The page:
A further object of the invention is to provide a break seal which is relatively simple to make and which can be made in fact by anyone in the laboratory with a rudimentary knowledge of glass blowing techniques and readily available equipment.
A still further object of the invention is to provide a break seal which requires less material to manufacture than break seals known heretofore.
Another object of the invention is to provide a break seal which is sounder in a structural sense than currently known break seal designs.
A still further object of the invention is to provide a break seal which requires less forming operations in its manufacture than current break seal designs.
Another object of the invention is to provide a break seal which is readily adapted to being remotely actuated.
The above objects features and advantages of the invention will be apparent to those skilled in the art from a study of the specification hereinafter with reference to the attached drawings.
FIG. 1 is a view in elevation, partly broken away, partly in section, of a conventional break seal and actuator.
FIG. 2 is a view in elevation, partly broken away, partially in section, of a preferred form of the break seal which is the subject of this application.
FIG. 3A and 3B are schematic illustrations of the important steps in forming the break seal illustrated in FIG. 2.
FIG. 4 is a detailed showing of a cross section of a break seal according to this invention.
The conventional break seal which is often described as the gooseneck break seal is formed principally of three components. This seal is illustrated in FIG. 1 and the principal components are tubes and 11, and the gooseneck formation 12. This type of seal is available from a number of suppliers of laboratory equipment. A typical seal is available from Lab.Glass, Inc., Vineland, NJ. as item LG 10690 in their Catalog 66.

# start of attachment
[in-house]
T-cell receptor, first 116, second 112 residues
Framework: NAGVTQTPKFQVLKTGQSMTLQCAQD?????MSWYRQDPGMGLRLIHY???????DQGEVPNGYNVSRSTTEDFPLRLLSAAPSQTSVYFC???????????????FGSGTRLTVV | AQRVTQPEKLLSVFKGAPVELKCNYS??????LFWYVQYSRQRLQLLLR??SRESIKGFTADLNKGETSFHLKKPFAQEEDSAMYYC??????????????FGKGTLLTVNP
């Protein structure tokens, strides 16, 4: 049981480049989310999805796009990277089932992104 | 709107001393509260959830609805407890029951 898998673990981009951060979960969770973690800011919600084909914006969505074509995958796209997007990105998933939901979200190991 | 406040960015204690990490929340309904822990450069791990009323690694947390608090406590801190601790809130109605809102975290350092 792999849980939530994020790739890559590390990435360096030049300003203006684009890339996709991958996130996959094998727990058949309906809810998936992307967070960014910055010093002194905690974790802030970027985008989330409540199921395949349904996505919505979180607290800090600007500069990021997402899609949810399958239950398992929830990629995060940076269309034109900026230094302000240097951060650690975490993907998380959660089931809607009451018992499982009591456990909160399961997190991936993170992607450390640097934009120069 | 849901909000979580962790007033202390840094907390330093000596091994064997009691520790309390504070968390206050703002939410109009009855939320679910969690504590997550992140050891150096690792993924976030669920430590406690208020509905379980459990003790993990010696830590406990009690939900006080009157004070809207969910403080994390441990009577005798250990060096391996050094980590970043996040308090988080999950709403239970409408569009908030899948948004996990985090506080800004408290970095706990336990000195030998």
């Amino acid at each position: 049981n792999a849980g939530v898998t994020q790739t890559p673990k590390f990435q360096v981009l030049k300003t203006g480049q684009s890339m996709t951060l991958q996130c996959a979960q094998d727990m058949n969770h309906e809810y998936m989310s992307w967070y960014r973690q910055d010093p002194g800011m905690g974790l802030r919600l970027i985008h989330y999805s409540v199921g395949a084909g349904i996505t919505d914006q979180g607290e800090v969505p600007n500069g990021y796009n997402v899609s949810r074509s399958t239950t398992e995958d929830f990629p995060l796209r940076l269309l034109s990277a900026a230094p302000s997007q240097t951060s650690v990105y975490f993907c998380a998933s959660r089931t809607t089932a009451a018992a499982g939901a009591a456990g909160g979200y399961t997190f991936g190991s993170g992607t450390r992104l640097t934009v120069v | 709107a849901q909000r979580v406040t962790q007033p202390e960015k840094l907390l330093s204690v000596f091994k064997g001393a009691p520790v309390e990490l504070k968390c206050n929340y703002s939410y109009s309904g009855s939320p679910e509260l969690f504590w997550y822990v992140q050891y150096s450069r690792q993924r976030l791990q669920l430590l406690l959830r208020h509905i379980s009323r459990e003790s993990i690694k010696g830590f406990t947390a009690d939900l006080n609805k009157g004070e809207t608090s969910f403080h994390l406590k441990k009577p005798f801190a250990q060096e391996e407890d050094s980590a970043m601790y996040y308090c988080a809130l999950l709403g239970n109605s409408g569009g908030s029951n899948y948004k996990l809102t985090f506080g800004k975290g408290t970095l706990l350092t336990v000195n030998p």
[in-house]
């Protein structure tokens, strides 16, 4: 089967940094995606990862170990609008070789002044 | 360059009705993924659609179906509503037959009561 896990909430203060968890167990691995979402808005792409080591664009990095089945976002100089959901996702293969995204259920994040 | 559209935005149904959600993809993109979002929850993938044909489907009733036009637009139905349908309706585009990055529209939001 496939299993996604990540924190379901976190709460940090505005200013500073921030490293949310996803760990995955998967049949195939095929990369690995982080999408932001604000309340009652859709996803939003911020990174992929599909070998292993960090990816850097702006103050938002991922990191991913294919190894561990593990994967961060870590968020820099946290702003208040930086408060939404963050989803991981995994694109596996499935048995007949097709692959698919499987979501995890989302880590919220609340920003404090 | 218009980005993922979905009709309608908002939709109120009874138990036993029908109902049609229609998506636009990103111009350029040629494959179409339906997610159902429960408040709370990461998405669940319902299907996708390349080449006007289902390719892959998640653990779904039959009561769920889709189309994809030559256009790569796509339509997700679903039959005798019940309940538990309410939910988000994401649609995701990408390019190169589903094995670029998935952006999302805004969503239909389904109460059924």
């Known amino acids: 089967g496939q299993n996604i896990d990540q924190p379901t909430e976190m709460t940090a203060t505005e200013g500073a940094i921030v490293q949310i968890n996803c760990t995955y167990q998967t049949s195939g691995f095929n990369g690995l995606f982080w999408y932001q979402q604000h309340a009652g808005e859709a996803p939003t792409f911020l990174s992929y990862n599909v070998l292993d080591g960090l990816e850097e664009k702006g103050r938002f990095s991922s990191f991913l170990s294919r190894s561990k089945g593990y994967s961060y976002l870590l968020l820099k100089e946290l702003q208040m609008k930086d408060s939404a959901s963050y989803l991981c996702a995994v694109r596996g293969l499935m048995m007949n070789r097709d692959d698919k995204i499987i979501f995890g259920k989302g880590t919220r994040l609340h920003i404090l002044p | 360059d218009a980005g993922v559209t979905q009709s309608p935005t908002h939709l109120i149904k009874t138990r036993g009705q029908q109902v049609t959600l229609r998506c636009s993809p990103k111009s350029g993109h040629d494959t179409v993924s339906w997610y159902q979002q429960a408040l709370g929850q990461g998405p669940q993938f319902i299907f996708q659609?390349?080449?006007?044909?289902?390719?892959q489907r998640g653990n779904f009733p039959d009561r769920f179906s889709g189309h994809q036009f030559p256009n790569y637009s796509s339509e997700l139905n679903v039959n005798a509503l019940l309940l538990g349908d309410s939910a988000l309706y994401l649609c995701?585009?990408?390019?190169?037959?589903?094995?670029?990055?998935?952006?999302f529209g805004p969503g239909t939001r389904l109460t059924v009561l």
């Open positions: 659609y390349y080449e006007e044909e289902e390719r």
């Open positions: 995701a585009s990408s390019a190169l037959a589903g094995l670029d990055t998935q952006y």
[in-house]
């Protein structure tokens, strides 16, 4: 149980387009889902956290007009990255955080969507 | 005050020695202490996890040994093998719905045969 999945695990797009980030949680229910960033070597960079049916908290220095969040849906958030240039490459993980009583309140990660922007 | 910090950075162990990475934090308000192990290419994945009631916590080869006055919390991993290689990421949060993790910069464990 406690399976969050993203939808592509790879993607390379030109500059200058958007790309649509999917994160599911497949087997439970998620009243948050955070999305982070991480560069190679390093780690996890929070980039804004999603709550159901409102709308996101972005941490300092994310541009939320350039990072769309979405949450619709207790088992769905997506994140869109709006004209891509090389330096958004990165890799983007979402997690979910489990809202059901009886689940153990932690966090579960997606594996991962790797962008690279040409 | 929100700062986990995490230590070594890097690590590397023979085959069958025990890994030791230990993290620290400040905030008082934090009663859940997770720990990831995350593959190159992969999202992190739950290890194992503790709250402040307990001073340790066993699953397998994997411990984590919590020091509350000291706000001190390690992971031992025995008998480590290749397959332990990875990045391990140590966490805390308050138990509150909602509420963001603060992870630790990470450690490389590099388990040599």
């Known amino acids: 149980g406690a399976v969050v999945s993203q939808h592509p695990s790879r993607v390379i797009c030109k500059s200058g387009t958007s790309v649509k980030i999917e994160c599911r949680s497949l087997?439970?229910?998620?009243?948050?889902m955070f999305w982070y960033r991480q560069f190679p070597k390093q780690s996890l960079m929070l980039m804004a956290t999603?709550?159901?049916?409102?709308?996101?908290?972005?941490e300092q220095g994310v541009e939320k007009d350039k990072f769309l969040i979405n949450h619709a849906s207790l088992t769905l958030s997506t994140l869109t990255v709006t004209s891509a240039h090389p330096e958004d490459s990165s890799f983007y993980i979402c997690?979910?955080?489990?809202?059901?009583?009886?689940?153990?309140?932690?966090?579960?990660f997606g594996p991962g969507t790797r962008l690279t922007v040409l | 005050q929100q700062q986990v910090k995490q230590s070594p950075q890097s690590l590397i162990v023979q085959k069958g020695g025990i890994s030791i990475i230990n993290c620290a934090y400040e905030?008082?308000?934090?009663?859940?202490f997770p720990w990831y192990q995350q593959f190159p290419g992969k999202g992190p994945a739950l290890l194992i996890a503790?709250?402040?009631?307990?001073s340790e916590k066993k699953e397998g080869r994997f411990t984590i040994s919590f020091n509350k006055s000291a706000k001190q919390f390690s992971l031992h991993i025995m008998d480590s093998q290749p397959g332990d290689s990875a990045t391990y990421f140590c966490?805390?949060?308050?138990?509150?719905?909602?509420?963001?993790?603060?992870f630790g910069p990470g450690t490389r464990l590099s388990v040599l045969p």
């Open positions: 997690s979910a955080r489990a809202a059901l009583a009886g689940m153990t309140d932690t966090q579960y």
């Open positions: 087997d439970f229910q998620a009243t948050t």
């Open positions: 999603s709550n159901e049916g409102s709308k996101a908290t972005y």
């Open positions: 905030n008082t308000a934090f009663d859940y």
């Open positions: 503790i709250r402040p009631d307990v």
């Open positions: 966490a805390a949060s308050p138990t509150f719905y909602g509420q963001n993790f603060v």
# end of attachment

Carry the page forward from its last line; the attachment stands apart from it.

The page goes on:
In order to manufacture this typical break seal the following steps are taken. Tube 10 is placed in a glass blowers lathe and the end of the tube 13 is flame heated. When the end of the tube becomes soft, it is turned inwardly by means of a tool. The inward flaring of the tube at 13 creates what will be a partition 15 between the tube 10 and 11. A relatively small diameter tube 14 is joined to the partition 15 so that the interior 14a of tube 14 communicates with the interior of tube 10. When this has been accomplished the tube 14 is heated in the area indicated at 17. When the full circumference of the tube softens, the gooseneck is formed by the glass blower. The gooseneck creates a thinning of the tube wall in the area indicated at 18 and therefore a weak spot in the tube. After the gooseneck is formed the point 16 is fused by the glass blower creating a hermetic seal at the end of tube 14. By creating the sharply angled gooseneck with its thin wall at 18 a break seal which is adapted to quick and easy breakage is achieved. A force applied in the direction of the arrow 19 to the break seal will break the gooseneck and thus the hermetic seal.
In order to complete the fabrication of the conventional gooseneck break seal a further glass tube 11 is placed over the gooseneck and is fused to the tube 10 and the partition 15. This fusion step takes considerable skill in view of the fact that the tubes 10 and 11 must be perfectly aligned and the wall thicknesses of the tubes 10 and 11 must be maintained. Furthermore, the fusion between tubes 10 and 11 and partition 15 must create a further hermetic seal. This last forming step concludes the manufacturing process for conventional gooseneck break seals. The ofiE-the-shelf item which the glass blower then has available constitutes tubes 10, 11 and the internal seal 12. The glass blower then adapts this sea] to his equipment. It is to be noted that a total of five manufacturing steps were required to process a single gooseneck break seal.